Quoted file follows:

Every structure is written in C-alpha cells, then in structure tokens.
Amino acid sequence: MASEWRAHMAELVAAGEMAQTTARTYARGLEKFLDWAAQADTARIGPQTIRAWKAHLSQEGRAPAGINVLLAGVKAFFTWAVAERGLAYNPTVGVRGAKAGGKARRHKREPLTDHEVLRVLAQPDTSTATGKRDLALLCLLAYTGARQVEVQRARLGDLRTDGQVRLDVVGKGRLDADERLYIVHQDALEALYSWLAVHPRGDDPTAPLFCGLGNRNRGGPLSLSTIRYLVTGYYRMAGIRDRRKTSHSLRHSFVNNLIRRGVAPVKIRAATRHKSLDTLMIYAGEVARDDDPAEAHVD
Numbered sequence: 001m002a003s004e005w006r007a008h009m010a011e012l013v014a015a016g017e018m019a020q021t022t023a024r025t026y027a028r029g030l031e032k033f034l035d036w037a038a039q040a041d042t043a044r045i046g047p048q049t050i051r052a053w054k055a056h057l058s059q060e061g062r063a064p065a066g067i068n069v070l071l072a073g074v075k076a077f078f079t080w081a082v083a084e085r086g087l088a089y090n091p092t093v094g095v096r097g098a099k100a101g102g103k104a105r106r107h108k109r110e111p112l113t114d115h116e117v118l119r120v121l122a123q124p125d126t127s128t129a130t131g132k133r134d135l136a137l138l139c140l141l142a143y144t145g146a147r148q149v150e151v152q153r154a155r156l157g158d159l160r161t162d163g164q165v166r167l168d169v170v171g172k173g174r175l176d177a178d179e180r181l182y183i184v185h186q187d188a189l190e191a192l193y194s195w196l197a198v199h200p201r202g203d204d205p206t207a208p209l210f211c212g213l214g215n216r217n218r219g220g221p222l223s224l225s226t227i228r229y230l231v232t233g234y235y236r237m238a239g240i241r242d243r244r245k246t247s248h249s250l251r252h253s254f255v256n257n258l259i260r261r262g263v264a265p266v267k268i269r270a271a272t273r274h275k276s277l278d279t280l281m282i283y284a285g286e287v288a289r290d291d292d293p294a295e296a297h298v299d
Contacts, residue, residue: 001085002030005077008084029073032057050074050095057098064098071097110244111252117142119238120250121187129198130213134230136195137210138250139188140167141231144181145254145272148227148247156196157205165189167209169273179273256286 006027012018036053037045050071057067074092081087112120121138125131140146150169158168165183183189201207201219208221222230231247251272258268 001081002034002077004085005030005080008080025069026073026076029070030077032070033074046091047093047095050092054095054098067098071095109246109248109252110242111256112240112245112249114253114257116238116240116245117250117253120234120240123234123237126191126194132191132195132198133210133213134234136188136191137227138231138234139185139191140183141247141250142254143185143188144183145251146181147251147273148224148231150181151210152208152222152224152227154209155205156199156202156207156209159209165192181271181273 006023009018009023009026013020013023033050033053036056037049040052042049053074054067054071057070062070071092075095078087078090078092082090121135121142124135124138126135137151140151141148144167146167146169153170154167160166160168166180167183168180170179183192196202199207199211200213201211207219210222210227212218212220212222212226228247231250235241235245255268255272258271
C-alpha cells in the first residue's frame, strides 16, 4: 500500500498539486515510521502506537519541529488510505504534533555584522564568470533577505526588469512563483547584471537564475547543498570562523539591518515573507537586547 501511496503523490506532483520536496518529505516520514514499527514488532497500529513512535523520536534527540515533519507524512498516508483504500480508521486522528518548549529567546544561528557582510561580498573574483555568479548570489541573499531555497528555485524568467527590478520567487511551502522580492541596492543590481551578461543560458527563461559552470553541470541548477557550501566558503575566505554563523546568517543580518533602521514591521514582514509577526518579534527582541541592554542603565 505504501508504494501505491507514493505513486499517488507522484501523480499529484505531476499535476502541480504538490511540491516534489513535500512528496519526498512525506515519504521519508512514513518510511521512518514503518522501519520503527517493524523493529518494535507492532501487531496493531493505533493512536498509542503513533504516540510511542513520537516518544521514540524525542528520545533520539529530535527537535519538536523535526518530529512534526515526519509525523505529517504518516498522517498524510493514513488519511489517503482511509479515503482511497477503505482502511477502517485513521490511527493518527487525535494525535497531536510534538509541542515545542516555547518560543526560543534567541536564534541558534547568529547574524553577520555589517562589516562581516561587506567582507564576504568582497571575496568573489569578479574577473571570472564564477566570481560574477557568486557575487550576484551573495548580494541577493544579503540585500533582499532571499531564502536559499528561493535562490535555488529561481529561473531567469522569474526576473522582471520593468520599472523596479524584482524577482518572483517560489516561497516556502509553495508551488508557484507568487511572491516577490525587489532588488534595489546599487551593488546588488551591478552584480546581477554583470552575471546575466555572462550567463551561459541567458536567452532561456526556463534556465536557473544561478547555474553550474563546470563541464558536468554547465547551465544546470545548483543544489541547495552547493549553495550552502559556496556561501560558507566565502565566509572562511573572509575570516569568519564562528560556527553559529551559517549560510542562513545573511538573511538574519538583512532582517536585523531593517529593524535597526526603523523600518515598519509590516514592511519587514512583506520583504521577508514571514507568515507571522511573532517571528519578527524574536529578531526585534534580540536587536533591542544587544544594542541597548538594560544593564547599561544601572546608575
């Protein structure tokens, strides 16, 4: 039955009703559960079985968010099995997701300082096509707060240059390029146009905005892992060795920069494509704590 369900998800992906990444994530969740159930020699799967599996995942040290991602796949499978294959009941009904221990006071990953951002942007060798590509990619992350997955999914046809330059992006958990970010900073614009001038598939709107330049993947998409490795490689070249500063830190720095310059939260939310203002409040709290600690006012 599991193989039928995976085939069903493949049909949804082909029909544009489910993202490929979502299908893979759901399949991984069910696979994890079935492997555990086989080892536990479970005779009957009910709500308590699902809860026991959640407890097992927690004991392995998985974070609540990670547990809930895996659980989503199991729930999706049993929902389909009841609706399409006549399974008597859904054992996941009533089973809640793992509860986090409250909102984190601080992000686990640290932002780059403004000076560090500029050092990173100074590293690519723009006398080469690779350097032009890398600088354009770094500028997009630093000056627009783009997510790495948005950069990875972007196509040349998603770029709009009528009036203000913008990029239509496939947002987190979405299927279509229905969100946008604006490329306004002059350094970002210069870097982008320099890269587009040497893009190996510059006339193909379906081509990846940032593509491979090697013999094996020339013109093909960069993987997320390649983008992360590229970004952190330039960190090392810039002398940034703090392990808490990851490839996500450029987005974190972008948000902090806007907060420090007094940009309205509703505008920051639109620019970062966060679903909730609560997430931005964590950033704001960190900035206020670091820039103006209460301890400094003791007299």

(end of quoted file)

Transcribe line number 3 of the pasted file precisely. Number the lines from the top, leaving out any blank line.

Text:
Numbered sequence: 001m002a003s004e005w006r007a008h009m010a011e012l013v014a015a016g017e018m019a020q021t022t023a024r025t026y027a028r029g030l031e032k033f034l035d036w037a038a039q040a041d042t043a044r045i046g047p048q049t050i051r052a053w054k055a056h057l058s059q060e061g062r063a064p065a066g067i068n069v070l071l072a073g074v075k076a077f078f079t080w081a082v083a084e085r086g087l088a089y090n091p092t093v094g095v096r097g098a099k100a101g102g103k104a105r106r107h108k109r110e111p112l113t114d115h116e117v118l119r120v121l122a123q124p125d126t127s128t129a130t131g132k133r134d135l136a137l138l139c140l141l142a143y144t145g146a147r148q149v150e151v152q153r154a155r156l157g158d159l160r161t162d163g164q165v166r167l168d169v170v171g172k173g174r175l176d177a178d179e180r181l182y183i184v185h186q187d188a189l190e191a192l193y194s195w196l197a198v199h200p201r202g203d204d205p206t207a208p209l210f211c212g213l214g215n216r217n218r219g220g221p222l223s224l225s226t227i228r229y230l231v232t233g234y235y236r237m238a239g240i241r242d243r244r245k246t247s248h249s250l251r252h253s254f255v256n257n258l259i260r261r262g263v264a265p266v267k268i269r270a271a272t273r274h275k276s277l278d279t280l281m282i283y284a285g286e287v288a289r290d291d292d293p294a295e296a297h298v299d